Inside the bathroom, James Earl Ray, a career petty criminal, loaded a high-powered rifle and took aim at the Lorraine Motel and shot King. According to the government, James Earl Ray then raced into the room he had rented earlier that day.  He wrapped the rifle, along with an overnight bag containing personal items, into a bedspread. In the hallway,  he was seen by Charles Stephens, who lived in the room next to the bathroom.

As he was making his getaway, the government believes Ray was panicked by a police car and dropped his bundle in the doorway of the Canipe Amusement Company. A moment later, three witnesses inside the building saw a white car, possibly a Mustang, speed away.

The gun had 2 of Ray’s fingerprints

Police were able to recover the rifle along with Ray’s personal items, but by the time they identified Ray, he had left the country.

Two months later, Ray was arrested in London as he tried to board a flight to Brussels.
James Earl Ray eventually pleaded guilty to the murder of Martin Luther King and was sentenced to 99 years in prison.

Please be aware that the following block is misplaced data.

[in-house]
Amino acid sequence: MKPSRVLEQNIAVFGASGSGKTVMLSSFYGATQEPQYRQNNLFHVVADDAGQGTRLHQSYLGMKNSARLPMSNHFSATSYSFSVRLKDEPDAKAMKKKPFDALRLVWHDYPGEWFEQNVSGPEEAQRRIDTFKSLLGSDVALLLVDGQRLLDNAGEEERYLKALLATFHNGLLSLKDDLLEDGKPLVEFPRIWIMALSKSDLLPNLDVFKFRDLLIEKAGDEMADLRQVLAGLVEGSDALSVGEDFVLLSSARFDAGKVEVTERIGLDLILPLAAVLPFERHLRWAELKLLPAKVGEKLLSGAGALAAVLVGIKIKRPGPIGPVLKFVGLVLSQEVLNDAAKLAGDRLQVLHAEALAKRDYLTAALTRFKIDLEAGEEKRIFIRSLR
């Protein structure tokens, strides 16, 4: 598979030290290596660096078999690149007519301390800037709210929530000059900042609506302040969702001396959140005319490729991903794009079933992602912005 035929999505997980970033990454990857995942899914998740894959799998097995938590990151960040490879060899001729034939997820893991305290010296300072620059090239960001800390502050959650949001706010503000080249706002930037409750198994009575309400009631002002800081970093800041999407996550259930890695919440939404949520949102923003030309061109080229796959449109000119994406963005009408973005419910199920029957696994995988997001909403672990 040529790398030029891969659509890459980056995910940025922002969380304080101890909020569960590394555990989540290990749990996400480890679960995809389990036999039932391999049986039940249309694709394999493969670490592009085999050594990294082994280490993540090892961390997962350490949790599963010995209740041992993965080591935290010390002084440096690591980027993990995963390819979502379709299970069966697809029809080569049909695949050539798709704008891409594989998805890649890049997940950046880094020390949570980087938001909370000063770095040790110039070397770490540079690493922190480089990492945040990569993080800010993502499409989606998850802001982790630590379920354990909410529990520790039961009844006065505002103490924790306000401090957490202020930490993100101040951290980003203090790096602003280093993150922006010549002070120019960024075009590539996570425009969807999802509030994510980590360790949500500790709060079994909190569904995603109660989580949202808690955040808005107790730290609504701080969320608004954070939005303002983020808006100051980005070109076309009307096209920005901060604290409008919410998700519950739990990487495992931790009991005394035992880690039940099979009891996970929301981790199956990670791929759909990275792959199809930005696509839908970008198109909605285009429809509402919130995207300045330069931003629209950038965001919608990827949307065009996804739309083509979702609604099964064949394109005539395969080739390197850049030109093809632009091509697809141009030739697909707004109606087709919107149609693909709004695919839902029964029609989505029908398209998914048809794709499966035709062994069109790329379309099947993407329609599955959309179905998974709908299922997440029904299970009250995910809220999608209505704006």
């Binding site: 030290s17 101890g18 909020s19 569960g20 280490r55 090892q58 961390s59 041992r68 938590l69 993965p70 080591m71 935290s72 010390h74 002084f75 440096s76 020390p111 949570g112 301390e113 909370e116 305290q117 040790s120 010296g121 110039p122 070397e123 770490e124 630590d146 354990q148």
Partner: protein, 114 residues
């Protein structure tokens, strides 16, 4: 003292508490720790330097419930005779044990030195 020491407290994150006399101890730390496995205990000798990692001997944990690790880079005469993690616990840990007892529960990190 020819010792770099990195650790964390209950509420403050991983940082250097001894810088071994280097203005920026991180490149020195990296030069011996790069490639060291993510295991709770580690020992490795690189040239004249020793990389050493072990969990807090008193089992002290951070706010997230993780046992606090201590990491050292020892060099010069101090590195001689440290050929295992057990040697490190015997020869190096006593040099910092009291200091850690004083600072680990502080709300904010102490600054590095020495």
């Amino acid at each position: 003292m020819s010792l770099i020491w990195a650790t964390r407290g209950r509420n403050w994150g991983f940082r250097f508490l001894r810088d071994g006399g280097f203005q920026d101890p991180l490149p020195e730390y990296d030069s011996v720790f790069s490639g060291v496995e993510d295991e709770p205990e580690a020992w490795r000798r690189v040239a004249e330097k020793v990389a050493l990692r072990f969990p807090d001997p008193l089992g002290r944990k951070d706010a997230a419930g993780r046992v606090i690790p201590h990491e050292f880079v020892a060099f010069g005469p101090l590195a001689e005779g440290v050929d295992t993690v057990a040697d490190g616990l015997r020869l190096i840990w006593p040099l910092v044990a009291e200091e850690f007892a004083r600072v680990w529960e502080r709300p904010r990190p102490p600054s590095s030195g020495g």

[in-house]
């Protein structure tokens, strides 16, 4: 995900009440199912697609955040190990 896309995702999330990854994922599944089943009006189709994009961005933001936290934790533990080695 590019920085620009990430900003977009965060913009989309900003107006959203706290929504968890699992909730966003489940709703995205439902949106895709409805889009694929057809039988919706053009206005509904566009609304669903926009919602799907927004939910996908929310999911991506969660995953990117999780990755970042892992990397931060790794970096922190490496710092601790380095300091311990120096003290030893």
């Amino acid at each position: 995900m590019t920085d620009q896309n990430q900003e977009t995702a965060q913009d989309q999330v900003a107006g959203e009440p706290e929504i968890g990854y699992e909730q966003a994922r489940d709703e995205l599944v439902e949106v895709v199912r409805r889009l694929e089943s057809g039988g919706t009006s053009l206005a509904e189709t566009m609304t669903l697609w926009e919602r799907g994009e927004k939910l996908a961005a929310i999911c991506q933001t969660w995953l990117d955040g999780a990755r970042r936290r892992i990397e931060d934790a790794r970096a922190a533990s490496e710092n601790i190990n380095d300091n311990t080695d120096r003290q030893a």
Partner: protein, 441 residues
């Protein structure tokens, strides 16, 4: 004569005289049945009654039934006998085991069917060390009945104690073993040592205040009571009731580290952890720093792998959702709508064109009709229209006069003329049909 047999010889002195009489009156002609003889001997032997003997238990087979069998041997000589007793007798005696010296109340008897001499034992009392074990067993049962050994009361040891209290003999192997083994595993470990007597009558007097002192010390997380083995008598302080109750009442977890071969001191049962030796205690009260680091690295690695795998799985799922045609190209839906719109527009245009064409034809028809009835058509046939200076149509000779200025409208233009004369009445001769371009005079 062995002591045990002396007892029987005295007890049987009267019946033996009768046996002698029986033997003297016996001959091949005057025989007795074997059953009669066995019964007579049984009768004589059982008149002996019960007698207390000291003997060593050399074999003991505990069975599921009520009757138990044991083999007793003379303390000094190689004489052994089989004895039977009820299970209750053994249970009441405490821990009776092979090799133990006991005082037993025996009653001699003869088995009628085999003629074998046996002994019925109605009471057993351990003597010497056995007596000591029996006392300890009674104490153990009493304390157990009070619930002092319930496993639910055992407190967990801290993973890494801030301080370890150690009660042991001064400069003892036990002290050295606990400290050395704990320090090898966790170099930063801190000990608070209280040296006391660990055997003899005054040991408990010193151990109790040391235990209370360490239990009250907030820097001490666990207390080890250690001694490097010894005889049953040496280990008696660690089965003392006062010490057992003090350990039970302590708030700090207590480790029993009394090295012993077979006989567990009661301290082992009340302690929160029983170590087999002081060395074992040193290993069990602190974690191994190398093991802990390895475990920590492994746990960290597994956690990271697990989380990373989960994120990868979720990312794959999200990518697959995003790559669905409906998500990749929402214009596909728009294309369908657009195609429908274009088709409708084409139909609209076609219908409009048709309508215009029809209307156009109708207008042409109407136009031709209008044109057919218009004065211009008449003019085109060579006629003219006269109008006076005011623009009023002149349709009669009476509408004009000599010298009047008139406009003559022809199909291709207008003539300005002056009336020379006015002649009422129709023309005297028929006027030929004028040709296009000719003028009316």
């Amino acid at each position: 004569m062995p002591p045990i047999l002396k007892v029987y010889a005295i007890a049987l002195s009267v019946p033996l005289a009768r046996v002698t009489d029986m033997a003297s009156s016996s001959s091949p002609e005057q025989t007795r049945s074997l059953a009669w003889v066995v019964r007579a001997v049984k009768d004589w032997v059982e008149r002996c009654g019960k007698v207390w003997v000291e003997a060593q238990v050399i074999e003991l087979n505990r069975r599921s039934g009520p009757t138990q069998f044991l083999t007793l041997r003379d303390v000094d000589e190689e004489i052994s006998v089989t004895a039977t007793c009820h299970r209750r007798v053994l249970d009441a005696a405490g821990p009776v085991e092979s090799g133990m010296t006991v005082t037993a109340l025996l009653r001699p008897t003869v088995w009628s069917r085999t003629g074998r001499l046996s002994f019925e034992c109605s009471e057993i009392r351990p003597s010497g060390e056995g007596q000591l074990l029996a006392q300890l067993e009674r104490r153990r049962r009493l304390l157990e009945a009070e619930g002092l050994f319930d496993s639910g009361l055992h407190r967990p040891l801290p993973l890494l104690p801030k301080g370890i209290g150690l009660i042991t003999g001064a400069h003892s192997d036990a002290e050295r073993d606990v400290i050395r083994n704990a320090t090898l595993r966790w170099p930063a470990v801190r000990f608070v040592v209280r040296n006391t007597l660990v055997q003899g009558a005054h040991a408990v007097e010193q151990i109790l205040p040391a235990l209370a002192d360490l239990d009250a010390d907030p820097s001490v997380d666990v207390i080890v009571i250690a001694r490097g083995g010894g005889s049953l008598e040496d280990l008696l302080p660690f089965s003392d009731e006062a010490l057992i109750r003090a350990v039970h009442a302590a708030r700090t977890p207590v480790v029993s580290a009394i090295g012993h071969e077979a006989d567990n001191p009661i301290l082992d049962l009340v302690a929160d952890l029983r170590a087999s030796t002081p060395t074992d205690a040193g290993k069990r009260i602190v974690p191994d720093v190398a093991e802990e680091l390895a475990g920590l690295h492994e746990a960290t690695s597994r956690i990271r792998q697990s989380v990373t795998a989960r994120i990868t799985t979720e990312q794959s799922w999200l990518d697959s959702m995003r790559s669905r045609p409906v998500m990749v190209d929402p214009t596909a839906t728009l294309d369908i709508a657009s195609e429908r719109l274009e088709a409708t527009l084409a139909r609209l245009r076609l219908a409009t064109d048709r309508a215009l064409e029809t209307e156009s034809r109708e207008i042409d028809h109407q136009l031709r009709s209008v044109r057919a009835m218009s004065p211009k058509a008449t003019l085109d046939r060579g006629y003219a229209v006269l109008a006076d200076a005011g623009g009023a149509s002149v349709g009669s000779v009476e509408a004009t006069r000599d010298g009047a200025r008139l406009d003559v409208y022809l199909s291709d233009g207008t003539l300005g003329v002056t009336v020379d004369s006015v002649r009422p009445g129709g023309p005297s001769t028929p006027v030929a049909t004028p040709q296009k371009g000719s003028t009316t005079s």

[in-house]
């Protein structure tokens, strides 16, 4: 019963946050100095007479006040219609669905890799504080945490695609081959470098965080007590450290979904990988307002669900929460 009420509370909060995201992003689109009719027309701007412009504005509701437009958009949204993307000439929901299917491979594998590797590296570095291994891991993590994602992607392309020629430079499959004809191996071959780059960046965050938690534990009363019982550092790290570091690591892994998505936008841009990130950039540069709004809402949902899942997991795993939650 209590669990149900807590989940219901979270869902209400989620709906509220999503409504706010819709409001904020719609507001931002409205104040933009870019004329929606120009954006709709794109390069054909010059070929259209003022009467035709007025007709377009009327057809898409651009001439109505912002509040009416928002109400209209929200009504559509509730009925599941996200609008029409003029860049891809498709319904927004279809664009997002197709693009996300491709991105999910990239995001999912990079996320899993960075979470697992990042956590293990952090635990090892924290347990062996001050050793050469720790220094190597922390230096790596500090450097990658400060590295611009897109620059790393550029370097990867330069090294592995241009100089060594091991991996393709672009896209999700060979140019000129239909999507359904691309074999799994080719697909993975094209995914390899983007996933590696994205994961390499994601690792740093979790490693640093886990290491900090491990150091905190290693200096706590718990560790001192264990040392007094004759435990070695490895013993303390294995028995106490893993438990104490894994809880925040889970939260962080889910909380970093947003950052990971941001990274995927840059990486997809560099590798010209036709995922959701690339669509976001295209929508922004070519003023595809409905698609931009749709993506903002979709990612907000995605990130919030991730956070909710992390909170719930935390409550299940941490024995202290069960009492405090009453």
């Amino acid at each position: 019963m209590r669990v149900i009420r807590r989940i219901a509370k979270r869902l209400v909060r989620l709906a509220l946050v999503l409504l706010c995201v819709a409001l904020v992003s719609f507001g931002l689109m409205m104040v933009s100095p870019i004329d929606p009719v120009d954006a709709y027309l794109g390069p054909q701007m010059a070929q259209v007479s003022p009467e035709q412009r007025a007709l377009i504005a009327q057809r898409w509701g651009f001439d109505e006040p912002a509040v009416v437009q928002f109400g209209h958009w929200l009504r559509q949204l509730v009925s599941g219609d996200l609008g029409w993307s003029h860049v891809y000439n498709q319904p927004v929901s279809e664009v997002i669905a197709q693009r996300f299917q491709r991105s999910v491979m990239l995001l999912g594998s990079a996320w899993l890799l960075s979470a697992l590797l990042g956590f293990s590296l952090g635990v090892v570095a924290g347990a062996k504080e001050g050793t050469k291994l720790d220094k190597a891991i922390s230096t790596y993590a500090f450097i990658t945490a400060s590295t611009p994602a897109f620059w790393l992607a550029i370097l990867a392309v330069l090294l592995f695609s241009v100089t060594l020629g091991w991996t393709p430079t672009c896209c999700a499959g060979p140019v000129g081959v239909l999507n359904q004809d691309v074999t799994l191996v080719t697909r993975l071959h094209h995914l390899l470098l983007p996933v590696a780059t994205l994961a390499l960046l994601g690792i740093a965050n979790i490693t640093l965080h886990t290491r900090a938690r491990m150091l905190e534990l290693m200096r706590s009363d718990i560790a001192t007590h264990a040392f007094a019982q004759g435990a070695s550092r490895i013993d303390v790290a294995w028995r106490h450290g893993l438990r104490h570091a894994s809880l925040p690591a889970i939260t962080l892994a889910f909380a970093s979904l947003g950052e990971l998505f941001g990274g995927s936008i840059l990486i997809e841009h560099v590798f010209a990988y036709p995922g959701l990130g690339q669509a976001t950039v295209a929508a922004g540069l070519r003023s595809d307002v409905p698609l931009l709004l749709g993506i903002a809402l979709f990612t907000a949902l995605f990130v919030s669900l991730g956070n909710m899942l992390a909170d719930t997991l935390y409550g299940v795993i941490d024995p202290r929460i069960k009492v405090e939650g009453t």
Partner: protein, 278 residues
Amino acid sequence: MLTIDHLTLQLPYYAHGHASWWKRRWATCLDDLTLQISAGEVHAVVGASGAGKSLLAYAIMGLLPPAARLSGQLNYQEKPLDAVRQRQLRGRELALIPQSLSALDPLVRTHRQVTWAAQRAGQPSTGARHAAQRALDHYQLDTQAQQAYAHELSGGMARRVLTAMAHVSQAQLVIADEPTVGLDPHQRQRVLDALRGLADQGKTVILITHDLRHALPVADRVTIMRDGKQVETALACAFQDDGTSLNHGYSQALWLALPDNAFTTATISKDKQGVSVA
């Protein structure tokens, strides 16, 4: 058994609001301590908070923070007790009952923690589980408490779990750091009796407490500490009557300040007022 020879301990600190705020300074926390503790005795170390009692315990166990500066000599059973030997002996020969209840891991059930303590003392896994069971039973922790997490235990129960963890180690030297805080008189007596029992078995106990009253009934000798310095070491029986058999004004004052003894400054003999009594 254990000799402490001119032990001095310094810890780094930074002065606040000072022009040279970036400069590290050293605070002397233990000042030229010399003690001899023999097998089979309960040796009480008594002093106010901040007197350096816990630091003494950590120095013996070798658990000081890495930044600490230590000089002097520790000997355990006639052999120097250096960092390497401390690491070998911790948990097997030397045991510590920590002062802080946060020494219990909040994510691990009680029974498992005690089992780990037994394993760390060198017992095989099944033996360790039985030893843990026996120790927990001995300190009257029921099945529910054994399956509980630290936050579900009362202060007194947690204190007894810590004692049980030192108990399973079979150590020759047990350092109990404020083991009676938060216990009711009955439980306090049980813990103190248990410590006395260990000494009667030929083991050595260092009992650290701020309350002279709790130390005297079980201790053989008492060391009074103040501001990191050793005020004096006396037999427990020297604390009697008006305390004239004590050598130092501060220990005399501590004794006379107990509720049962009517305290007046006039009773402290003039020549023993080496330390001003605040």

Just three days after his conviction, Ray announced that he had been pressured into pleading guilty. He said he did not shoot King and was the victim of a conspiracy. He claimed he was a scapegoat and was set up by a mysterious figure named Raoul.

On the surface, James Earl Ray did not seem like the kind of criminal who would commit murder. According to Walter Fauntroy, former chairman of the King Subcommittee, Ray’s crimes were small-time holdups and robberies:

“I find it more difficult today to believe that James Earl Ray, acting alone, pulled off the crime of the century, was able to get out of Memphis, out of the country into Canada, to get three passports and to go all the way to Europe, without help.”

J.C. Hardin: The mastermind?

Almost a year before King was assassinated, Ray escaped from a state prison where he was serving a 20-year sentence for robbing a grocery store. He made his way to Montreal, and using the name Eric Starvo Galt, tried to get a phony ID. Ray said that it was here that he was approached by a shadowy character who called himself Raoul.